Does yolk color change as pullet gets older?

Discussion in 'Chicken Behaviors and Egglaying' started by lisaleesa546, Dec 16, 2016.

  1. lisaleesa546

    lisaleesa546 In the Brooder

    Sep 4, 2016

    I've recently (finally!) had some chickens start laying eggs! I have a question I haven't seen to find any information on.

    My chickens are laying pretty pale yolks (same as commercial store bought eggs). I know I know, yolk color doesn't mean more or less nutritious. But I so want those bright orange dark yolks! I give my chickens purina layena feed. I read that greens help darken yolk color so I've been giving them fresh spinach and kale (now that it's winter I like giving them fresh things to eat since all the grass is dormant). I also give them corn and meal worms now that it's cold for some extra fat and protein. They do free range everyday, even though there isn't much left to pick at. They have been laying about a month.

    My friends chickens have been laying since summer. When I got eggs when they first started they were regular pale yellow (like mine now). Haven't got any in a while and just got another batch from her and they're a gorgeous orange color. She only feeds laying feed and keeps them in coop. So I'm the yolks darken as they get a little older and more experienced? This is my first time raising chickens so I'm hoping some more experienced people can share their experience with this.


  2. Ridgerunner

    Ridgerunner Free Ranging 9 Years

    Feb 2, 2009
    Southeast Louisiana
    No, age has nothing to do with yolk color. What they eat does. Supposedly it’s not just beta carotenes that colors the yolks but some other carotenes as well. Those can come from a lot of different foods. Green leafy veggies, various veggies and fruit, and other things. I notice a difference when I toss them ripe tomatoes and ripe peppers from my garden, cabbage or broccoli leaves, things like that. Cooked beet skins can give them blood red poop as well as darker yolks. I was really worried until I realized I’d fed them coked beet skins.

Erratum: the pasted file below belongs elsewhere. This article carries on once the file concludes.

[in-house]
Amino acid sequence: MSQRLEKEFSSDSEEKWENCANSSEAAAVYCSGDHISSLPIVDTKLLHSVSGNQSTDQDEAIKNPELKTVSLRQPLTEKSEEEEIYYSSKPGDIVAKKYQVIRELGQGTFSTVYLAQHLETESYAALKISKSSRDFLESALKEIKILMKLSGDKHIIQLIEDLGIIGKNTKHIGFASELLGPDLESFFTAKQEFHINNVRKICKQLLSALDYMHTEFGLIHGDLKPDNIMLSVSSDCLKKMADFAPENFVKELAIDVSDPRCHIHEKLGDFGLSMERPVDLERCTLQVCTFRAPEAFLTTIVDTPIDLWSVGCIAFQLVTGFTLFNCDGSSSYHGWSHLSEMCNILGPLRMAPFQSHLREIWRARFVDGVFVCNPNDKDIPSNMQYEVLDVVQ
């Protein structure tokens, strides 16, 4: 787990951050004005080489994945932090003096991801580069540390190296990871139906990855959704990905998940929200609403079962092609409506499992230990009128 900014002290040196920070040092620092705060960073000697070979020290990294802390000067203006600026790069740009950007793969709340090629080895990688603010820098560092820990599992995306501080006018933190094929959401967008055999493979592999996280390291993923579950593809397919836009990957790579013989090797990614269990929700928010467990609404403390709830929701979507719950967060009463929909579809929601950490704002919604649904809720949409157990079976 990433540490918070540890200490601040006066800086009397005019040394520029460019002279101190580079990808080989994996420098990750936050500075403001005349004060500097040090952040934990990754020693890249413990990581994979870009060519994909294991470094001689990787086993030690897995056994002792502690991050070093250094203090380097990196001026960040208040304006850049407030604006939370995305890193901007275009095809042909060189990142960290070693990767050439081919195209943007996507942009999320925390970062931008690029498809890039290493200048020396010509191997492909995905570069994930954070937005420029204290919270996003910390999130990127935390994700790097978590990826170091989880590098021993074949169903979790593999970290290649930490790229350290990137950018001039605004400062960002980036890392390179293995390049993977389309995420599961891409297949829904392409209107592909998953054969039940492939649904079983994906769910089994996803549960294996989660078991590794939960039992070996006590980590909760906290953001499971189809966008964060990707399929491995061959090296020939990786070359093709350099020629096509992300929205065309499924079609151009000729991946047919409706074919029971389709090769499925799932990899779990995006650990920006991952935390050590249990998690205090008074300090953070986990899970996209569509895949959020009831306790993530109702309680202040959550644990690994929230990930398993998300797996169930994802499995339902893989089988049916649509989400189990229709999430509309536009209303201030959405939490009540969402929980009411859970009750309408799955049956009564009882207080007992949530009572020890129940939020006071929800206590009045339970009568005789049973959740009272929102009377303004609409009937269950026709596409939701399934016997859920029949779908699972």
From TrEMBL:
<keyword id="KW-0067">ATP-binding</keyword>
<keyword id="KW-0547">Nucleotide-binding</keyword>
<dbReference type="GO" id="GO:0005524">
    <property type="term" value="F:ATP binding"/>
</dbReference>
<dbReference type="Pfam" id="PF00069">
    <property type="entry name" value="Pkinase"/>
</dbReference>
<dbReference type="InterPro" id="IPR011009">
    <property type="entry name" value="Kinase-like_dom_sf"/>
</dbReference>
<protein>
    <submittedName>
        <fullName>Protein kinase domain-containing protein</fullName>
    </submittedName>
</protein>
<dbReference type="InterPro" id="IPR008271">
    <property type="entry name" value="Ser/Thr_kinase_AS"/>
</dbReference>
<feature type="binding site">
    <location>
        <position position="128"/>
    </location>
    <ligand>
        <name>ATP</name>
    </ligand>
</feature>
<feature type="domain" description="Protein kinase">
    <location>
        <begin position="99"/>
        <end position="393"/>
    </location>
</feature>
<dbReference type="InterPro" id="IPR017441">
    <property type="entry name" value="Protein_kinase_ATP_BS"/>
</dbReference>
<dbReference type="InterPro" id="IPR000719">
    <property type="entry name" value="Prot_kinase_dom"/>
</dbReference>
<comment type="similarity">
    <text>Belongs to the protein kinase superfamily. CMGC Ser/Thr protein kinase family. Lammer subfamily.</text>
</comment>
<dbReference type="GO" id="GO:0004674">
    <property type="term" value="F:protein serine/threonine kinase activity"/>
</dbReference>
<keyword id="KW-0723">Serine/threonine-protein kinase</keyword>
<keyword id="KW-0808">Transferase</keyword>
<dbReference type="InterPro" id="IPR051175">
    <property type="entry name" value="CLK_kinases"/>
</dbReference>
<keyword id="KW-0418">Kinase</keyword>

Right now I’m tossing dried marigold seed pods in the run as I clean up growing areas outside. Even though they are dried up and brown, they make a difference.
  3. Alfalfa hay for natural forage is best to use......I have Horses also.....Buy a bale and give them a flake.......

  4. rosemarythyme

    rosemarythyme Crowing

    Jul 3, 2016
    Pac NW
    My Coop
    My chickens just started laying last weekend but the yolks so far are all orangey (I prefer those too). I have my vegetable garden in a fenced raised bed inside the run, so the chickens can pick off the few leaves that get too close to the edge, plus they eat grass regularly (even with the frost they pick at the grass outside the run), so I believe the greens do help.

    My feed store sells kelp meal and that's supposed to help darken yolks along with providing extra nutrients but they also told me it wasn't really needed if the chickens got greens or grass fairly regularly.

  5. Happy Chooks

    Happy Chooks Moderator Staff Member 9 Years

    Jul 9, 2009
    Northern CA
    My Coop
    As others have said, supplement foods rich in beta carotene. Any dark leafy green, carrots, etc. Mine love carrot greens and beet greens too, but beet greens do turn their poop red! Don't freak out when you see red everywhere! I have also fed alfalfa hay, and that works well too.
  6. ChickenGrass

    ChickenGrass Songster

    Aug 16, 2015
    Republic of Ireland
  7. Bananabread

    Bananabread In the Brooder

    Mar 28, 2016
    Bay Area
    interestingly, i read an article comparing the taste of backyard eggs versus store bought and they found that when blinded, participants could not tell the difference. However, when able to visualize a darker yolk, the subjective taste scores went through the roof for backyard chickens over the paler store bought for thought...

  8. rosemarythyme

    rosemarythyme Crowing

    Jul 3, 2016
    Pac NW
    My Coop
    I've heard of that as well, though I can taste a difference in some egg yolks, not based on color but most likely freshness. I assume they pick up an off taste after sitting in refrigeration too long, like some other foods do.

    I eat most of my eggs poached, with a runny yolk, so that's always what I focus on tasting. I'm very happy to find that my newly laid eggs have yolks with a rich, creamy, mellow flavor. The orangey color is just a bonus as I do find it more visually appealing as well.

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